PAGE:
I translated the voices into 8 tasks for my to-do list. Okay, 8 and a half. Some were filler tasks – though I treated them all the same. Each task would take some time of their own, but each was do-able. I could do them. I would do them. And I would make it through.

 After all, I had even taken off the hat. Acknowledged its existence. Parted with it. Or at least, I had tried. Now, it was only up to my mind to contain the thoughts. No escape or considerations of a final void. Recovery was better than requiem. Maybe.

 I turned to look at the bed, wanting, no needing so badly to wrap myself in the comforting shroud of my bedsheet.

“Just brush your teeth and eat your breakfast,” I said aloud. Speaking to myself again. I only ever spoke multiple authoritative sentences to myself anymore, in stark contrast to my outward social and pliant self.

Put one foot in front of the other. A smile when in doubt. A call should you collapse, but maybe not. What if nobody answers? Those who tell you to call when you need them are being courteous. Don’t actually take them up on the offer. How could they possibly help you? You’ll lose the people you have if they learn of the real you. Just be where you’re most comfortable and not bothersome, but still, try to push the ante – you’ve to get somewhere in life and you could start with getting out of this. This doesn’t have to be your everyday reality. But it is, isn’t it? Will every day be like this? It will.

 Mom would hate me when she realised that I hadn’t been able to get myself to go to college. Again. I couldn’t. How could I tell her that? Maybe once the early morning stopped feeling like a second vacuum and college another concrete social obligation of sharing space, I’ll want to go. I’ll have to want to go. Tomorrow, I will. Please, please do, I beg myself, crying mutedly as I shuffled, taking questioned steps to the bathroom.

 “We could seek professional help, you know?,” I heard one last whisper from the hat as it sat, taunting and perched on my space.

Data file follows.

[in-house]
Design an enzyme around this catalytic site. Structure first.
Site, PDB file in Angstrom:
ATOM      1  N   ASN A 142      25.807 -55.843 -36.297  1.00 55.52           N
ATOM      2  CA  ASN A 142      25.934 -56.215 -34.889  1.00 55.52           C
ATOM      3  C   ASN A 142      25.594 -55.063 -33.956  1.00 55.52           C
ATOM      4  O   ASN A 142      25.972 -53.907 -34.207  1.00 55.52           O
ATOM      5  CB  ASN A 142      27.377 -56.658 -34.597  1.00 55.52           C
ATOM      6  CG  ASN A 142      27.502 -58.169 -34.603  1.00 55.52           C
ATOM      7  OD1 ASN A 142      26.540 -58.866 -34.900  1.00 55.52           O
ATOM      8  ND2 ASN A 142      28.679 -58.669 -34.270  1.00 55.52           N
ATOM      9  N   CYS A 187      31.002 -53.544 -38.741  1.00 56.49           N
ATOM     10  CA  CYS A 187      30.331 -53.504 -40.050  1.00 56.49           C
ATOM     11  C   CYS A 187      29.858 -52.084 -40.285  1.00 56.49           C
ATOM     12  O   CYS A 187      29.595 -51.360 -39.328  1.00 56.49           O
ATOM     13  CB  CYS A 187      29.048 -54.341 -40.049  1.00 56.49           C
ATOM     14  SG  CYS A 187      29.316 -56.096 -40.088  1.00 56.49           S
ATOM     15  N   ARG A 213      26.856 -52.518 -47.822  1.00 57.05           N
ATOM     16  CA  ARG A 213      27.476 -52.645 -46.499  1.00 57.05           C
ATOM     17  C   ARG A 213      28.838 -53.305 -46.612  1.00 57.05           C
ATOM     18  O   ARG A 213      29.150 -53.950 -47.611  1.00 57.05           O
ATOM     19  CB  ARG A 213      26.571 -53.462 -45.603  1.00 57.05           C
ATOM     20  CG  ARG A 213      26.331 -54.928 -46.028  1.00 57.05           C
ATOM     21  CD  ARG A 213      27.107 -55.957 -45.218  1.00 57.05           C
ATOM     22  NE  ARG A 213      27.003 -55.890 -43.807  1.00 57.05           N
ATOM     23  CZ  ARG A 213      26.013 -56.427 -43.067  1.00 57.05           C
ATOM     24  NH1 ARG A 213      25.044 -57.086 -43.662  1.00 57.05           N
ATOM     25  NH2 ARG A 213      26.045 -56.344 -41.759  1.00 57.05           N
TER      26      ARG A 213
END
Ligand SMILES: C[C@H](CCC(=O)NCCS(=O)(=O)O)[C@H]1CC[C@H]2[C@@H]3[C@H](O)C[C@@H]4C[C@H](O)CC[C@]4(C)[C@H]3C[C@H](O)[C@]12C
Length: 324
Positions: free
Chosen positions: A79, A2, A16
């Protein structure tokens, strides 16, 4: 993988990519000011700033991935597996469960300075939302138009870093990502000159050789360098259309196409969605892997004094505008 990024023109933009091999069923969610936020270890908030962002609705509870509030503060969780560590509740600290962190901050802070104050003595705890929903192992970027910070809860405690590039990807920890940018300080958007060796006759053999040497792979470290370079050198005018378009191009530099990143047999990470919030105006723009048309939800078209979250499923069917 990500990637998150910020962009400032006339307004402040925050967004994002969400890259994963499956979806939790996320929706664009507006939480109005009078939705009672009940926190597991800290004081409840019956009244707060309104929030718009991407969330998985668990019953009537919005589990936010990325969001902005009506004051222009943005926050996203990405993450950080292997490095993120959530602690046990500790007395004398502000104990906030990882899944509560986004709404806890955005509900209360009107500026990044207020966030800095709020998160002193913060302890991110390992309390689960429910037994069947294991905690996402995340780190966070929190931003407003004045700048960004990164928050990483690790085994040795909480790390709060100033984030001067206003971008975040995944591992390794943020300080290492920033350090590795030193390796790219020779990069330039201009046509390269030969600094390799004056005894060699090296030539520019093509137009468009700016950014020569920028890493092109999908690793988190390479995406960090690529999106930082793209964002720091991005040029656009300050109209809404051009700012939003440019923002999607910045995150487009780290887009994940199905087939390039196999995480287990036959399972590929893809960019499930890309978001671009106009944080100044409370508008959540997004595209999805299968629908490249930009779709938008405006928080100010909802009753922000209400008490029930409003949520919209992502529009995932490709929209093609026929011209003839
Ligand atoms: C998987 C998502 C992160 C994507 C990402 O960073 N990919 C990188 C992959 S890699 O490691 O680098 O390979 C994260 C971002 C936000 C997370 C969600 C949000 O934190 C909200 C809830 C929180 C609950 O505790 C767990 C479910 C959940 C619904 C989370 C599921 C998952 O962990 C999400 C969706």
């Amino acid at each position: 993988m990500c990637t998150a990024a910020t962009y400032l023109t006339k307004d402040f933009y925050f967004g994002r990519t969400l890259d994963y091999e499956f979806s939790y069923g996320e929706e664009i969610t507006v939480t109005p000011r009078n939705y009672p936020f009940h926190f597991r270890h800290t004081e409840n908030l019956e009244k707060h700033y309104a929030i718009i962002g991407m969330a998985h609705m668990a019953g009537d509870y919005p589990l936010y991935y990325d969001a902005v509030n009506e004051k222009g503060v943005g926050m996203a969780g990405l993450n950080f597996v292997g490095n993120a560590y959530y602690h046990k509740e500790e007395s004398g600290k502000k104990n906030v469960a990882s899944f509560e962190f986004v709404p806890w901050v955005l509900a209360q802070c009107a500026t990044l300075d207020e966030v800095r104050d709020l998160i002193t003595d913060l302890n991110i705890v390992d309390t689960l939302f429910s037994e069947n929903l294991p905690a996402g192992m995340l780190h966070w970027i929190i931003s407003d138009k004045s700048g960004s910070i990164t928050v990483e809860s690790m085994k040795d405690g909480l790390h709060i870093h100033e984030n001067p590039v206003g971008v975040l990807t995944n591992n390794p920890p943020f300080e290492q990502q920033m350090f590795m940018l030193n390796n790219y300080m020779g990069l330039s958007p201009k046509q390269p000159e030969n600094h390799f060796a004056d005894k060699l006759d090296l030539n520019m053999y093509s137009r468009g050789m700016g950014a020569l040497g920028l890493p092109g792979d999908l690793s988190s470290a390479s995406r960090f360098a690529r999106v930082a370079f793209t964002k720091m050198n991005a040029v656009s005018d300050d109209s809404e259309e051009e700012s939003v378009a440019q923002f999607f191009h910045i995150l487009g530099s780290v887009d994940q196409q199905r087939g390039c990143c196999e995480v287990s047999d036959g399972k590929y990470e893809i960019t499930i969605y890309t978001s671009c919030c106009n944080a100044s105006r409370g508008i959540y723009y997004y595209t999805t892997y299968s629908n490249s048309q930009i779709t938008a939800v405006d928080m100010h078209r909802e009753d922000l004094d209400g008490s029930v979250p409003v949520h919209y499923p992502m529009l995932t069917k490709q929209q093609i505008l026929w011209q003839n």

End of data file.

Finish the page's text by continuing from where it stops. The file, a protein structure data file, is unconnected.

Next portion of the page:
“Oh honey, nobody believes that you are real, and nobody will believe me about you.” Nobody.

Till date, I live varied renditions of the hour on repeat.

The Anxious Hat is fictionalised narrative, based on personal experience. The author wished to let people know what it is like to live with anxiety and to repeatedly question one’s every thought and action. She experiences extreme anxiety and only recently reached out for professional help. Her days are changing with recurrences but no looped repeats.



Anxiety is often seen as a mental disorder that can be easily dealt with because it’s normalised and stereotyped in everyday interactions. However, for those battling the actual disorder and not tiny jolts of anxiousness now and then, it can be a very debilitating mental state to live with. Especially when they can’t bring themselves to seek help or to let people know how serious their anxiety is. Imagine living the story on repeat without any external help.

Therapy, breathing exercises, meditation and certain other techniques do go a long way in aiding one to manage their anxiety. Please do try and access help.  


Jessica Xalxo is a student engaged in the fields of gender, peace, writing and education. She has authored the Red Elephant Foundation’s “Speaking Our Truth: A Curriculum on Non-Violent Communication.” She is also the Assistant Editor at One Future Collective and a Writer at SheThePeople.TV. You can tweet to her @IriscopeX.

Disclaimer: Material on The Health Collective cannot and does not claim to substitute for expert advice from a trained professional. Share your stories with us, if you like — Tweet @healthcollectif or mail us right here